From Iceland — A Man May Dream

A Man May Dream

Published August 6, 2004

A Man May Dream

I asked whether the price was right and received a shrug and look that told me to move on, as there were other customers in the cue. Well, that did it.
“You can’t charge me 640kr for these, that’s over 80kr each.” I shouted as the left side of my brain slowly kicked in. “That’s one euro, more than a dollar, 85 pence. Frankly it doesn’t matter what the bloody currency is… it’s far too much to be paying for this misshapen, sprouting lump of starch and carbohydrate which is masquerading as a potato…This is the staple source of nourishment for we who live in the Northern Hemisphere and there’s a glut of them in Europe. How can they be so expensive? What’s more your government has got the temerity to stick a 14.5 percent value added tax on this cancerous looking tuber. Get me the owner immediately, or is that him I see driving that Rolls Royce on his way to Keflavik on his way to visit his sumarhús in Monte Carlo?”
I’m in full flow now and despite efforts to restrain myself, I leap up onto the cash counter and address the astonished customers. “The time has come to stop paying these prices.” My voice has adopted a more Churchillian tone and I’m sure I can see many bending to my argument. “There should be no tax on food, and importers should be made to be transparent in what they pay at source for these products and the cost of shipping. If Baugur and Haugkaup can buy it cheaply, why can´t we? We need the truth, the unvarnished, Óli Tynes truth.”
My voice trembles as I notice the men, women and children who now listen, as one, to my entreaty. “Enough is enough – we will strike. This shop today, but next week, the whole country. We will refuse to by one item a week until prices have reached acceptable levels and the government has withdrawn all taxation on food, except junk food where it will double the excise.”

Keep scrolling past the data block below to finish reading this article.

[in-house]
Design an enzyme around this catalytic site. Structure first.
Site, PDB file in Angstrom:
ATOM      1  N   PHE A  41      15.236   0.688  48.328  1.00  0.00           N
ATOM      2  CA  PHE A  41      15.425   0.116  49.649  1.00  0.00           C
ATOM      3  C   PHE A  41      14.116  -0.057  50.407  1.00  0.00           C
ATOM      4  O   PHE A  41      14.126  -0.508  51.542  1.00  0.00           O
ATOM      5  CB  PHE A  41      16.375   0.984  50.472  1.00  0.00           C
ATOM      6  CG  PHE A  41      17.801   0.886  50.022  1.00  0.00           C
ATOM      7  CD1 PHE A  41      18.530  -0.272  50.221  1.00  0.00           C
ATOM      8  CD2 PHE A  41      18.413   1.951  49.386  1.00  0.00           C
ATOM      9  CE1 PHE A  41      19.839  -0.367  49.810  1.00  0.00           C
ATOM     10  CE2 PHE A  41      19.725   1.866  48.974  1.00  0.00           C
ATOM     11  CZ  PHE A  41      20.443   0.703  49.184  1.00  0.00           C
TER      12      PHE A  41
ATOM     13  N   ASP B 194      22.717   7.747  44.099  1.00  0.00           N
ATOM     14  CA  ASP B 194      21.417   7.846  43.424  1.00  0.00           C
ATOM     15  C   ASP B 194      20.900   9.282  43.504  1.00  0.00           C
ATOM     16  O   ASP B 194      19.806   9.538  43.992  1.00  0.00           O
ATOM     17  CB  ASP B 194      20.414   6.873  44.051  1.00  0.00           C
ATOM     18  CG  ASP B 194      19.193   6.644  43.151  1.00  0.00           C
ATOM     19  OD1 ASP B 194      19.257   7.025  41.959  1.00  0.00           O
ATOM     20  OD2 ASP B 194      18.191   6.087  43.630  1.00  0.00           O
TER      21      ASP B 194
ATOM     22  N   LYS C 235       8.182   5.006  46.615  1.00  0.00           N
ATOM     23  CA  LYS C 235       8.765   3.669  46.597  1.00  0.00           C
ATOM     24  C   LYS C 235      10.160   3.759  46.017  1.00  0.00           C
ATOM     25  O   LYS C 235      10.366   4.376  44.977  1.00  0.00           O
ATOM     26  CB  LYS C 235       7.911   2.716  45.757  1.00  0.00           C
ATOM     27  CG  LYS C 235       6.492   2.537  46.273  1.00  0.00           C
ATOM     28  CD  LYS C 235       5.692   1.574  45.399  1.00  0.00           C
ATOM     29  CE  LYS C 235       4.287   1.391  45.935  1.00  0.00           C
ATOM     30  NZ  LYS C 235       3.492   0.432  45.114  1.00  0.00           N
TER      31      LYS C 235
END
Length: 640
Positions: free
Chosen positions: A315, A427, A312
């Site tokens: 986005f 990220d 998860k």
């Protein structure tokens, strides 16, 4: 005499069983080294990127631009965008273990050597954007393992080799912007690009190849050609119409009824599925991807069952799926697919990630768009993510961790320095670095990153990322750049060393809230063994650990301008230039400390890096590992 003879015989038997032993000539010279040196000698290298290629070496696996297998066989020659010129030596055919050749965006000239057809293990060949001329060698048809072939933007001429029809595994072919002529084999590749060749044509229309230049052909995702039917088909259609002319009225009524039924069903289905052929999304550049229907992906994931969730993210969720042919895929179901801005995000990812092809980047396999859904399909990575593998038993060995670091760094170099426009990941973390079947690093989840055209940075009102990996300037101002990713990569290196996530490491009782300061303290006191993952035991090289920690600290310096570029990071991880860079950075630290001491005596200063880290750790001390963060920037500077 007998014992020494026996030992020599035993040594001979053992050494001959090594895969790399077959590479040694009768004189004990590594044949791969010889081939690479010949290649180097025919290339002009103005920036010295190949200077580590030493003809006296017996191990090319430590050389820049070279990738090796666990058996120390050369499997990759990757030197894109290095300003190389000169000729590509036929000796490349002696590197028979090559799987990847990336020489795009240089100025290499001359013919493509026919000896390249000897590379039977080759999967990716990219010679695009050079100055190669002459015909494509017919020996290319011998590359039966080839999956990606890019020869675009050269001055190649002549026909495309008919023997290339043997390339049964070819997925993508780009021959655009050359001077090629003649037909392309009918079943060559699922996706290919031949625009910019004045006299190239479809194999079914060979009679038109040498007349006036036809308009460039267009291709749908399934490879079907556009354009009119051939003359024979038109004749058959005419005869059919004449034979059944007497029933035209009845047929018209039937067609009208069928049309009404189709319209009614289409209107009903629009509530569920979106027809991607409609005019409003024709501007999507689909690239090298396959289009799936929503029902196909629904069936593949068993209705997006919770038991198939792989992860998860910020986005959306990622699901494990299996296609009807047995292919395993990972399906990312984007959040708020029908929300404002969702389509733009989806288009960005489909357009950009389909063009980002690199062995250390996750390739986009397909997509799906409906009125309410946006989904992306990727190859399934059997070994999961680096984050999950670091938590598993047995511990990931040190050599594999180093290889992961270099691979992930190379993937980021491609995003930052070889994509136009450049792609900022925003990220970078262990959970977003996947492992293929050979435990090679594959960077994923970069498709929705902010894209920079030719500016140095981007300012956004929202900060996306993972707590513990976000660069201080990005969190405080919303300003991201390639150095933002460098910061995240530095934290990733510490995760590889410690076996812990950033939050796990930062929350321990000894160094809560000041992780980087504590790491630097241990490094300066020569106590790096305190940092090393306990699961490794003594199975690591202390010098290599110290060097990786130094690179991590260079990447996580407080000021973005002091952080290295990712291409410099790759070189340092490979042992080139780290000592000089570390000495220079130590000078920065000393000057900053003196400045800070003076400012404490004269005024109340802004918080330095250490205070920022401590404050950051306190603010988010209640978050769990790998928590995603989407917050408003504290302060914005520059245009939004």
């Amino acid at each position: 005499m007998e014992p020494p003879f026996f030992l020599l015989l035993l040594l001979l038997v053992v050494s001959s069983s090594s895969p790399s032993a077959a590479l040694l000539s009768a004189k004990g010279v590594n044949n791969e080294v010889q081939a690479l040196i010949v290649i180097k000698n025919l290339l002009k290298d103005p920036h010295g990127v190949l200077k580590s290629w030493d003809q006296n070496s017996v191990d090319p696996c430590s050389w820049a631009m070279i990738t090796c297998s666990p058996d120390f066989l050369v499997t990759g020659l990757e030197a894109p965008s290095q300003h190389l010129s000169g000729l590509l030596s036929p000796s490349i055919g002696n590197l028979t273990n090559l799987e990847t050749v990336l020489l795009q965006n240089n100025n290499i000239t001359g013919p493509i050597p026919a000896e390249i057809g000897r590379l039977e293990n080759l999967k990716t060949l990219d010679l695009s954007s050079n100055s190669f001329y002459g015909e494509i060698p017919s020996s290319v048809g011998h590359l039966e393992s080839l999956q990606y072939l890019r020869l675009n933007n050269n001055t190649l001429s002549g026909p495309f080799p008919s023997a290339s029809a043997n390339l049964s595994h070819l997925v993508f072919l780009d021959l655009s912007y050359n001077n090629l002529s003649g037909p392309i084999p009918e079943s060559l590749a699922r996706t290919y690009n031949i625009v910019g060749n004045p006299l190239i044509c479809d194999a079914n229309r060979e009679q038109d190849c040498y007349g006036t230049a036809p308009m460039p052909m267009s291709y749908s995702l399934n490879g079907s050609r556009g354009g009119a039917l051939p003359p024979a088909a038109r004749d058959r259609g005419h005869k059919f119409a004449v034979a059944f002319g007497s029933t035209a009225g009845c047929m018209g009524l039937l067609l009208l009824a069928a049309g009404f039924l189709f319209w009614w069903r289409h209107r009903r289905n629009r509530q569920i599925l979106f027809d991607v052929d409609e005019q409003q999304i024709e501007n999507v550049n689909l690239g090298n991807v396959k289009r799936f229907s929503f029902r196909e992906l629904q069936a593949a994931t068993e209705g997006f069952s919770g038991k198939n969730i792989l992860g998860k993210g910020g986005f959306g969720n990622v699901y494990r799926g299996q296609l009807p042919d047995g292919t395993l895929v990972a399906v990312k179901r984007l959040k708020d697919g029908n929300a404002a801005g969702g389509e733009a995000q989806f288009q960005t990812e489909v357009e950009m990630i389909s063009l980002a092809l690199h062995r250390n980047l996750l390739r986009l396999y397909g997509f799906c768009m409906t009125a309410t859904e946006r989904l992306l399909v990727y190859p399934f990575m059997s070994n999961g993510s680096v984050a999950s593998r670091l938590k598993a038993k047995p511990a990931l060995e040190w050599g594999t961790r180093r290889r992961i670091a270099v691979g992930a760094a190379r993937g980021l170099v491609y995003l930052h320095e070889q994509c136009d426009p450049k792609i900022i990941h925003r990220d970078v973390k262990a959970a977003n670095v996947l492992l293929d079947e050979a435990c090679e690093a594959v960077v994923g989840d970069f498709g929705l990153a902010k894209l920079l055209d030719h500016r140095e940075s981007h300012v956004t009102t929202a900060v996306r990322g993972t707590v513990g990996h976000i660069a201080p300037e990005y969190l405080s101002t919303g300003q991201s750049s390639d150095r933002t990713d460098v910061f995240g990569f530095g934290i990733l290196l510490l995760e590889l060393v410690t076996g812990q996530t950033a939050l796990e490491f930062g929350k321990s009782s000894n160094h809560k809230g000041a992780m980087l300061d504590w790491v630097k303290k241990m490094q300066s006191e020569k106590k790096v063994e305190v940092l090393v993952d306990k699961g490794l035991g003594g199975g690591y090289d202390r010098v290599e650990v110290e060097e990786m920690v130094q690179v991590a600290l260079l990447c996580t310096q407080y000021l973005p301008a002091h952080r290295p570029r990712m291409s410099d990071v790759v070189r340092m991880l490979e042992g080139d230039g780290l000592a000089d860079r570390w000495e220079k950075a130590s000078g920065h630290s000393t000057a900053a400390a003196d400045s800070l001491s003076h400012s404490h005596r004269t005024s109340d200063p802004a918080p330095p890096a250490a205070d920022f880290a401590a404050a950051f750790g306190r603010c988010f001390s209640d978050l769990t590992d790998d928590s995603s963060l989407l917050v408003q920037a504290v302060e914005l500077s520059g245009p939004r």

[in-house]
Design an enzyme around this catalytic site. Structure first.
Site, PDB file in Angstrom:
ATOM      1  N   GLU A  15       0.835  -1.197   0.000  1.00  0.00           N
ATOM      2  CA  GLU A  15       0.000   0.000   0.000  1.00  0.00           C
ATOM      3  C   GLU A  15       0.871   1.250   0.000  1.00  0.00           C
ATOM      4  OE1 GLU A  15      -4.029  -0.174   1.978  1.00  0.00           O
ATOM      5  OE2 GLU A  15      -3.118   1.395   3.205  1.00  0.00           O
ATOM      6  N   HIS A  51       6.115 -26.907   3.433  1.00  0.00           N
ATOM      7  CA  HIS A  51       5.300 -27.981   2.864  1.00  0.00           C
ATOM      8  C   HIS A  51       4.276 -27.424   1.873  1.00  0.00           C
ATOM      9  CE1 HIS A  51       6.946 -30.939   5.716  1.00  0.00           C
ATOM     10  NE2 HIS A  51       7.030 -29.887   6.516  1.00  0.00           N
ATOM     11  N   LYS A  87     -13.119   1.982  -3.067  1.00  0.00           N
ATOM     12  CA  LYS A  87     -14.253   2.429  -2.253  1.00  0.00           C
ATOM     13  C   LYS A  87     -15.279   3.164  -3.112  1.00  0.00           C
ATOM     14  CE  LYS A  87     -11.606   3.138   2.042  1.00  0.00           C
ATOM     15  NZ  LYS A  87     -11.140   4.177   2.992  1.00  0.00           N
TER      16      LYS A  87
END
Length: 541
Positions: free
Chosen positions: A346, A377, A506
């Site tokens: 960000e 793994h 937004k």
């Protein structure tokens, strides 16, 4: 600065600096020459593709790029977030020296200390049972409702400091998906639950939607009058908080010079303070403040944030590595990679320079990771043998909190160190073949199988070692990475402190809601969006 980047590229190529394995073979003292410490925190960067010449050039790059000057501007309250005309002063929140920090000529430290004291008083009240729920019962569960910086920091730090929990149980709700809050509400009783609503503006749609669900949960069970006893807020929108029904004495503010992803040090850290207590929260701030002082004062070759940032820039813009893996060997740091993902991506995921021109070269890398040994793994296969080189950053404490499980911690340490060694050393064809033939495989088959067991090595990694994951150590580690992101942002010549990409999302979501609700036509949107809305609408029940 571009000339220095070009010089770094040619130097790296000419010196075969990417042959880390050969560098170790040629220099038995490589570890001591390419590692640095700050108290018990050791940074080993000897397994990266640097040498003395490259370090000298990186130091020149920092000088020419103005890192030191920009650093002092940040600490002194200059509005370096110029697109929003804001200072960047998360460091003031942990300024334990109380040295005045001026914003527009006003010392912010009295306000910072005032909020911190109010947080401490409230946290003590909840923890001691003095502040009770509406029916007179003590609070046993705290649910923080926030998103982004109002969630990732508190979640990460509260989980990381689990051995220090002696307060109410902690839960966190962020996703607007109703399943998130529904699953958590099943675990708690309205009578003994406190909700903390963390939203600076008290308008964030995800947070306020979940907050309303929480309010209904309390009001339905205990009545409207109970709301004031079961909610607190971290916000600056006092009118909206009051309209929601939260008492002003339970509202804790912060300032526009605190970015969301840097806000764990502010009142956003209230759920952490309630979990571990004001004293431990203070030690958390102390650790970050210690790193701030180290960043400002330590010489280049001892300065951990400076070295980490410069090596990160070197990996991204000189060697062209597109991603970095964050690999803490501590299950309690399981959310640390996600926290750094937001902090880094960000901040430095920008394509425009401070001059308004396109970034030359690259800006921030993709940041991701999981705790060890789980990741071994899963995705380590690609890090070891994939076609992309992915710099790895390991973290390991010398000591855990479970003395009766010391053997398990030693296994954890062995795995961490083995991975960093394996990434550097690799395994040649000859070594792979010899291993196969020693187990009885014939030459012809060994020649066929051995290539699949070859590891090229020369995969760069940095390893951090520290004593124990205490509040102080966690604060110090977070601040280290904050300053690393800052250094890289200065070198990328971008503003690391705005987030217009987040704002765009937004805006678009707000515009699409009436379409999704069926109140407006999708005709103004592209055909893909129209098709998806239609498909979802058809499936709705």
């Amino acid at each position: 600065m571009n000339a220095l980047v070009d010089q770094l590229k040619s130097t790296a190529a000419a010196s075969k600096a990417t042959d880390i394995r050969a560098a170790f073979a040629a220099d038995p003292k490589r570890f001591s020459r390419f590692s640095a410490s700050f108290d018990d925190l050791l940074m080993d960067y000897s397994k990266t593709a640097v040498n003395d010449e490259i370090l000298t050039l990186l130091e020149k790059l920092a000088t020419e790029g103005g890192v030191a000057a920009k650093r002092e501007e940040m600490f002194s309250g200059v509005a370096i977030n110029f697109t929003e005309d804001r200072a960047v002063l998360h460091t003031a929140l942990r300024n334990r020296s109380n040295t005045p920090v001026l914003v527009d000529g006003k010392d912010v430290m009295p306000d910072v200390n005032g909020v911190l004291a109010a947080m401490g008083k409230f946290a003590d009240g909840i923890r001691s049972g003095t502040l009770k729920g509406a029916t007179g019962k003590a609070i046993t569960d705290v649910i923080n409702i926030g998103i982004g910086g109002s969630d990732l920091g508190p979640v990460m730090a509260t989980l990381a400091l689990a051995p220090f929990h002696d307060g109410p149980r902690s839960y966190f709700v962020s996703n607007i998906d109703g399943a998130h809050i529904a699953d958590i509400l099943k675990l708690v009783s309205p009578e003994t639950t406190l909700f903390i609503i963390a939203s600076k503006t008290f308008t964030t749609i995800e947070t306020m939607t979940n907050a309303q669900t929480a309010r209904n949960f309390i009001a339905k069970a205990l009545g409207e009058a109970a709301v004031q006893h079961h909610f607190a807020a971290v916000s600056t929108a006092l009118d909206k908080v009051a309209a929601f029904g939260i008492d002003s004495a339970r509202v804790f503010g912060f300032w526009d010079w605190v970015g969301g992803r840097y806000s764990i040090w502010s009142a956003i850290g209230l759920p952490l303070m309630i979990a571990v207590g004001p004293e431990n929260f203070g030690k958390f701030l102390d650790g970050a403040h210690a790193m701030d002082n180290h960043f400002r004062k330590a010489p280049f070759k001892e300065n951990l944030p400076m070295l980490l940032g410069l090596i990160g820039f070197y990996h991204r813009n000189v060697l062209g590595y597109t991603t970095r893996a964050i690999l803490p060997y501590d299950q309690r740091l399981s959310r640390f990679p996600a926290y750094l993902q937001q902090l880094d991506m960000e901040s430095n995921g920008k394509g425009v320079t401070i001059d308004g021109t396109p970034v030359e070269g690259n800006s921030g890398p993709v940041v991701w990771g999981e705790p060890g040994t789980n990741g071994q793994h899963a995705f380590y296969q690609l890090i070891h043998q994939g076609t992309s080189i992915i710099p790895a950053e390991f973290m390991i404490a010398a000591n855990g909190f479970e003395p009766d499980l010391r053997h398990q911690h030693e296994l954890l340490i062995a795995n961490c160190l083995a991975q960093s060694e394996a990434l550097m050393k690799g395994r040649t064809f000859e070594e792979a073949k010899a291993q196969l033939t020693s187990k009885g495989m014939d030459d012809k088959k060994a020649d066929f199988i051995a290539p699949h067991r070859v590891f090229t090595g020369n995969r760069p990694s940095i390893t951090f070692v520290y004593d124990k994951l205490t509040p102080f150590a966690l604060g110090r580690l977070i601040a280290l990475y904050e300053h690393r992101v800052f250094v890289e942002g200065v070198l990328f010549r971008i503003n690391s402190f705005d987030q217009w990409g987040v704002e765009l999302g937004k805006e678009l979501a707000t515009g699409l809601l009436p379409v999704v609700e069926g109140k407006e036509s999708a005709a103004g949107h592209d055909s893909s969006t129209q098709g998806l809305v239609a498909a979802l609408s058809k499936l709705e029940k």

The manager in alarm reached for the phone to summon the police, disturbed to see several shoppers emptying their trolleys back to the shelves – the noise of the cans rattling is drowned out by the cheers and applause that greet my last entreaty.

“We can do it, we can protest, we can make a difference. Keep your money in your pockets and the prices will tumble!”
I was carried out of the shop on the shoulders of an adoring crowd to the awaiting television crews. RUV had interrupted their coverage of the finals of the European Cup to show a news bulletin featuring my protest. The next day I was summoned to the Alþingi to address a packed chamber who passed a bill then and there. Later that evening I was across the water to Bessastaðir to receive the Falcon of honour…

How I wish that were the truth. But I, like everyone else in this town, kept my mouth shut, paid my bill and went home.

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Enough. Stop. Now.

Enough. Stop. Now.


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